SWEET GENIUS: A new season of sugary strangeness returns tonight and if you haven't sample it yet,this might be the right time,particularly if you're not interested in watching March Madness:
Wednesday, March 14, 2012
Just when you thought movie award season was over,voting for the 32nd Annual Golden Raspberry Awards is now under way. For most of the categories,you have to be a member of the Razzies to vote but the Worst Screen Ensemble will take input from the public,courtesy of Rotten Tomatoes.
The big story on the Worst Movie front this year is Adam Sandler's record breaking number of nominations,particularly due to his big holiday film,Jack and Jill.
The twisted twin comedy earned him Worst Actor and Worst Actress,plus a Worst Supporting Actress spot for both Katie Holmes and David Spade. Sandler did get some credit for his horrible work in Just Go With It but clearly Jack and Jill was the cinematic straw that broke the moviegoer's back:
Sandler,however,is not the only belle of this bad movie ball. Nicholas Cage,no stranger to big screen stinkers,has a Worst Actor nod for all three of his 2011 films(Drive,Season of the Witch and Trespass)and a special place in Worst Screen Couple. In that category,it's basically him and anyone acting with him in any of those movies. Talk about ouch!
Cage doesn't seem to get too put out by these things;already he's setting up for next year's Razzies with his performance in Ghost Rider:Spirit of Vengeance ,which came and went out of theaters this past winter:
There are other awful films pushing their way forward in this crowd to be noticed,such as the star packed rom-com New Year's Eve.
That murky attempt at mirth is up for the likes of Worst Actress(Sarah Jessica Parker,who is sharing that spot with her big flop,I Don't Know How She Does It),Worst Screenplay,Worst Director,Worst Screen Ensemble and naturally,Worst Film of the Year.
I'm sort of surprised that NYE didn't land a nomination in the Worst Prequel,Remake,Rip-Off or Sequel section,since this is the second holiday themed film that Worst Director nominee Gary Marshall has brought to theaters and he's promising to make another one all too soon. The mere thought of that is even scarier than a new Halloween reboot:
A movie that did make it to the Worst Prequel,Remake,etc. section was Twilight: Breaking Dawn,Part I. The next to last chapter in the beloved vampire saga also made it's mark in other Razzie areas,including Worst Screenplay,Worst Screen Couple and Worst Director.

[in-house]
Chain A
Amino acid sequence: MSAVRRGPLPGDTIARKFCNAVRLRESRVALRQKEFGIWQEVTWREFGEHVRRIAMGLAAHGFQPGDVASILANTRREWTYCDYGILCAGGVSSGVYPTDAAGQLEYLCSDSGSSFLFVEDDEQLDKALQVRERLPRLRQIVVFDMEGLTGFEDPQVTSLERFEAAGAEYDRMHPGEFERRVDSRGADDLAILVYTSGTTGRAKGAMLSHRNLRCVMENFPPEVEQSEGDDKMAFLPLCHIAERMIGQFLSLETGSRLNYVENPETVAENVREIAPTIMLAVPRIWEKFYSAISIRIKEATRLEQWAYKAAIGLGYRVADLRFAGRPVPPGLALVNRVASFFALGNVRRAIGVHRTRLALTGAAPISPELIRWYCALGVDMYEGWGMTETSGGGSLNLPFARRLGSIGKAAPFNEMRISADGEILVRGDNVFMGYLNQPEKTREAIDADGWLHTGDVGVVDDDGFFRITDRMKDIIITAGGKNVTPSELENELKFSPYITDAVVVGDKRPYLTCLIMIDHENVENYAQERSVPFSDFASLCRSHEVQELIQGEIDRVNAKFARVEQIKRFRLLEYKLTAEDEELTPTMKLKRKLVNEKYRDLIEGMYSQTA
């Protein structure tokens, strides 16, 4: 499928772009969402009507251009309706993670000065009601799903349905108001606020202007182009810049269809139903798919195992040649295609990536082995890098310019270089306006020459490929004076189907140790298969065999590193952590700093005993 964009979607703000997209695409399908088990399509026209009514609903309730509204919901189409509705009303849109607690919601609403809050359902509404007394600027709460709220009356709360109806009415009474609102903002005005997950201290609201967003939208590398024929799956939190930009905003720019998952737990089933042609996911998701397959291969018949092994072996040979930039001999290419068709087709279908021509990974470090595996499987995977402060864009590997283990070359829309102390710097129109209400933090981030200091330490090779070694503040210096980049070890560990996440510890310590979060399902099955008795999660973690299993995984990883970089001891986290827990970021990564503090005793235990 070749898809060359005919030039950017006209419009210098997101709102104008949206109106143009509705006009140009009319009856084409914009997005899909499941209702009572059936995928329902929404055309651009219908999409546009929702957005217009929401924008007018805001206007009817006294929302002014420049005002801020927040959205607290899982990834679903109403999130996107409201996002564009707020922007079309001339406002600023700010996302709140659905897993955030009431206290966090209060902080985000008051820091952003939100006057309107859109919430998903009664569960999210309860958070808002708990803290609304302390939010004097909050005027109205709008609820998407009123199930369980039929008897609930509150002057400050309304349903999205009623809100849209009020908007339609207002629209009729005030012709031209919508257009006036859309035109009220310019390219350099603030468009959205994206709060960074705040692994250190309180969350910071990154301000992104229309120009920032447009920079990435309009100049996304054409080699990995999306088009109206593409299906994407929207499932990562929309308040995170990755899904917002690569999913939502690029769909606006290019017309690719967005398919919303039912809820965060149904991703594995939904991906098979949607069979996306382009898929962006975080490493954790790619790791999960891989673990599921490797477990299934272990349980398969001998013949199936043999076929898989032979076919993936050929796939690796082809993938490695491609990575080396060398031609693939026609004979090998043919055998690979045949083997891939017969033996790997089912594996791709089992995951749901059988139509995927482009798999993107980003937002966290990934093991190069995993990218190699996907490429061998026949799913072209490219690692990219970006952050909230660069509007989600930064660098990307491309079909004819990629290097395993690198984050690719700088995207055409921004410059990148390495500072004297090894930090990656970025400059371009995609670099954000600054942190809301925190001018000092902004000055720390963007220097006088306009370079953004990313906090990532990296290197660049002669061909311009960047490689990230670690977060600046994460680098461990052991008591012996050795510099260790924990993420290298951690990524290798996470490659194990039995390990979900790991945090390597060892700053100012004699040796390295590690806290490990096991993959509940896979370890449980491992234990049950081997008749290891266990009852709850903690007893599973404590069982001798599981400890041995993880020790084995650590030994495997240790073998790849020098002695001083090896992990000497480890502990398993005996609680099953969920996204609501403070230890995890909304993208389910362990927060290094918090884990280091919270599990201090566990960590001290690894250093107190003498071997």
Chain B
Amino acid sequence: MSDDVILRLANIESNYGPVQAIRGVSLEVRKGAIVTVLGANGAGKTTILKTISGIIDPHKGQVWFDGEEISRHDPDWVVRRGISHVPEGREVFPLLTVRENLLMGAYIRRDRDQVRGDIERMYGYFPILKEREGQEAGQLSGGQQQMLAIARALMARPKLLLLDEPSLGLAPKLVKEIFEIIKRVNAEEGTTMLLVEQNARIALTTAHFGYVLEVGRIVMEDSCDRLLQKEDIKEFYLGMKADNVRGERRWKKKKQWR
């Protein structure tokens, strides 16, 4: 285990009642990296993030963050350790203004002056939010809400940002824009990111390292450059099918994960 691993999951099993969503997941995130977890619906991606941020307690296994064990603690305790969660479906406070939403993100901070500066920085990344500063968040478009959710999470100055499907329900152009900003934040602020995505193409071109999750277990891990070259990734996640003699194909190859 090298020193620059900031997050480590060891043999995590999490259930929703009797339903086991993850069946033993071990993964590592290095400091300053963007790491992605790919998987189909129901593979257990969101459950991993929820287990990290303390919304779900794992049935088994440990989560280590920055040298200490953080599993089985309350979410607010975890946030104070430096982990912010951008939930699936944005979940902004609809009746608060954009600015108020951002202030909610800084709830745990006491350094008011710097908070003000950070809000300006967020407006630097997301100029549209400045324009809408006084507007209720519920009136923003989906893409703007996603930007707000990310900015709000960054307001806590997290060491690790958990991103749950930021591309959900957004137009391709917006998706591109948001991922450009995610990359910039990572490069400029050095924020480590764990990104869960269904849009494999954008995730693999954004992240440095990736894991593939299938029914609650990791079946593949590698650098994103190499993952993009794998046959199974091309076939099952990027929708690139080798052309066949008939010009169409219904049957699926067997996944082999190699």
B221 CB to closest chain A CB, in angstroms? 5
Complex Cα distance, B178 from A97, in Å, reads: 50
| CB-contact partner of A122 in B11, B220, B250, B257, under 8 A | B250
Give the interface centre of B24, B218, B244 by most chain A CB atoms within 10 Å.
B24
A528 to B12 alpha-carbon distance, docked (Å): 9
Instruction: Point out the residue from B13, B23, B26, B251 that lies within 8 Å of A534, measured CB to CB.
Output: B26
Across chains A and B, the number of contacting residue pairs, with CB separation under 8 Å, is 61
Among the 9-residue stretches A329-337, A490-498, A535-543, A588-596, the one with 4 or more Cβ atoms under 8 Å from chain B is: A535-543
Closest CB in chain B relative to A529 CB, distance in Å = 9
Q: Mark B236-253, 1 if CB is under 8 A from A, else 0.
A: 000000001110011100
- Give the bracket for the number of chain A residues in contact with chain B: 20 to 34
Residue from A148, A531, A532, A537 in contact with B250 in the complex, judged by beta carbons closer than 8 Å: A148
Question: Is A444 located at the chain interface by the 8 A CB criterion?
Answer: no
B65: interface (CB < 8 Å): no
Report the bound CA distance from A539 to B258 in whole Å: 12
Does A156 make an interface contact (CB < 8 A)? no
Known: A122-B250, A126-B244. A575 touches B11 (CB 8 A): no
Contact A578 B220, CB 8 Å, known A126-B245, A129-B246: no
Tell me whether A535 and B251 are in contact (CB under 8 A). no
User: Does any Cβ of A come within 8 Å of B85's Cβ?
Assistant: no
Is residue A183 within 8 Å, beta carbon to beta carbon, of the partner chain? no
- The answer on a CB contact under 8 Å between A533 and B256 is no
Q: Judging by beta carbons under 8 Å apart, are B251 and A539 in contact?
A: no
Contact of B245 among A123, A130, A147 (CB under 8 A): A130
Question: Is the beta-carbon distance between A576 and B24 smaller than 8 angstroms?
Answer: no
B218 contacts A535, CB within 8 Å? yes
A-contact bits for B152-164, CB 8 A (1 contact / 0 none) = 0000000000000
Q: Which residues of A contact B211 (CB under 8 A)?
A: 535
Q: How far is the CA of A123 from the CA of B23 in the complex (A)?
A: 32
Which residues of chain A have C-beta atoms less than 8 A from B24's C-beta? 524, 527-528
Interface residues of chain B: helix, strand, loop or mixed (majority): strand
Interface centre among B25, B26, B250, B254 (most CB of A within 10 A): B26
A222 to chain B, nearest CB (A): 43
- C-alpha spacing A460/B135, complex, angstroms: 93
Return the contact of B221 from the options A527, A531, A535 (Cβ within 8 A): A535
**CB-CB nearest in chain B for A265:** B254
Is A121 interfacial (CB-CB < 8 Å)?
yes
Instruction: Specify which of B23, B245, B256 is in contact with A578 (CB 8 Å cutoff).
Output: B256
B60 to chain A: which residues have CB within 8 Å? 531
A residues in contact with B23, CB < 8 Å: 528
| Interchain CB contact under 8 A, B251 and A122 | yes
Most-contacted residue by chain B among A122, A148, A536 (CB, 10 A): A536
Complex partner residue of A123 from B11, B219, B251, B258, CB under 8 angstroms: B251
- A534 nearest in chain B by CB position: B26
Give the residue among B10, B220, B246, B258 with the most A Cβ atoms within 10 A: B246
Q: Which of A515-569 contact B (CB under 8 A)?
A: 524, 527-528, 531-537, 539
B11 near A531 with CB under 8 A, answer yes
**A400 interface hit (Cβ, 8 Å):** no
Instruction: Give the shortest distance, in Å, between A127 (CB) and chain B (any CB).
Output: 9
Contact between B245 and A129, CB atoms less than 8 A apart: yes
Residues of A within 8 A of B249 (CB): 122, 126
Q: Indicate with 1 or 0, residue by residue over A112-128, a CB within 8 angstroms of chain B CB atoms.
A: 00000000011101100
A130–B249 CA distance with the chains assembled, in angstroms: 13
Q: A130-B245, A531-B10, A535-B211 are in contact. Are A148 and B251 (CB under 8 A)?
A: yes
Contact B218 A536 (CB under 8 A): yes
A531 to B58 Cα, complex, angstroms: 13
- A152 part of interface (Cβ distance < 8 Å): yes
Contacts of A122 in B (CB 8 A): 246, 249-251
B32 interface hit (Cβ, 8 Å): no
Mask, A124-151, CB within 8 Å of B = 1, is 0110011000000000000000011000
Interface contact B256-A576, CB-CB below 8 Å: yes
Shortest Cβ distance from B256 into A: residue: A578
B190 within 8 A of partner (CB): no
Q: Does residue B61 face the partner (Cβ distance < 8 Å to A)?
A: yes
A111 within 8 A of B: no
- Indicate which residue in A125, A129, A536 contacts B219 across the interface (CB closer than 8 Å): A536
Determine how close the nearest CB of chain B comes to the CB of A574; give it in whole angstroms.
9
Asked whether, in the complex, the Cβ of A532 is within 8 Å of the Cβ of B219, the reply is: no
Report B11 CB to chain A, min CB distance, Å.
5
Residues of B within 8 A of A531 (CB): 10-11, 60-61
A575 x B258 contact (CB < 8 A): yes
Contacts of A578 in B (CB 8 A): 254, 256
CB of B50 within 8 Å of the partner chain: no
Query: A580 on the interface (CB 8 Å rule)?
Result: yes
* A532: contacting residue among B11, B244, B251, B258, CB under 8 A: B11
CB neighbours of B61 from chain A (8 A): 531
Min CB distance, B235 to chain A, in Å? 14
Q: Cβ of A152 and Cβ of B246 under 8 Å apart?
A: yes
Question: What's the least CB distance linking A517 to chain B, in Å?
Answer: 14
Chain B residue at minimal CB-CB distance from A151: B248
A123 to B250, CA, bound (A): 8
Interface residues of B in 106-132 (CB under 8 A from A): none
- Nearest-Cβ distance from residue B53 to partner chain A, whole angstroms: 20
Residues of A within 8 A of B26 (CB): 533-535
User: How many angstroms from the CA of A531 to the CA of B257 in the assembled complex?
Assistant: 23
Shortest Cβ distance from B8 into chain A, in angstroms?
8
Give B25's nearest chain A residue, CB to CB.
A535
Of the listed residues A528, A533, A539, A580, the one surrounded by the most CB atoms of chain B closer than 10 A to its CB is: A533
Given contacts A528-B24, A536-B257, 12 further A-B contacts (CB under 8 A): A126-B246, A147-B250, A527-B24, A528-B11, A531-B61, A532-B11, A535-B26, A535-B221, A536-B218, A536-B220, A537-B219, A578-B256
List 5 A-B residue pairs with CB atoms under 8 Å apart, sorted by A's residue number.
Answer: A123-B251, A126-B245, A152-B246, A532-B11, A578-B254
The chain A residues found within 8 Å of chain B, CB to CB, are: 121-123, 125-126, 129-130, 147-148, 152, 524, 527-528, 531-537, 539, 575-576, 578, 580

As a fan of the series,I advise my fellow Twi-hards to relax and let those who don't understand our devotion to Bella and Edward laugh as much as they want to. After all,we're the ones these movies were meant for and taking such mockery in stride is what makes a pop culture devotee stronger:
In that spirit,I sincerely hope that Adam Sandler will make an appearance at the Razzie awards ceremony on April 1. You'd certainly be in good company(some Oscar winning company at that)and why avoid the one Hollywood celebration where you are without a doubt the guest of honor? Come on,dude,you're a comedian and the timing couldn't be better here,especially to give your career a desperately needed boost:
Tuesday, March 13, 2012
The cupcake trend is making more of an impact in pop culture circles,with not only TV shows(reality and otherwise) but in book stores as well.
Currently,there are several new novels with cupcakes and their specialty bakeries as the theme and setting for female friendly reads. Let's sample a few of these sweet treats and see if they make our mental mouths water.
First up is How to Eat a Cupcake by Meg Donohue,which has two former friends teaming up to start their own cupcake business. Things have changed for both women,as silver spoon princess Julia St. Clair is no longer the super confident mean girl she was back in high school,while Annie Quintana has come a long way from just being the daughter of the St. Clair family's nanny.
With Julia offering to assist Annie in getting her cupcake shop going,these ladies have to find a way to not only work together but overcome their past differences and present emotional dilemmas. Even though Julia and Annie are from opposite sides of the street,so to speak,they have more in common than they think and can use their unique approaches to life to get what they truly want out of it:
Next on the shelf is Donna Kauffman's Sugar Rush,where Leilani Trusdale decides that she's had enough of running a pastry shop in New York for arrogant Baxter Dunne,who is more interested in hosting his cooking show.
Leilani heads back to Sugarberry Island, her hometown in Georgia, to begin her own bakery and make a new life for herself. Her cupcakery becomes so successful,however,that Baxter and his camera crew show up to feature it on his show.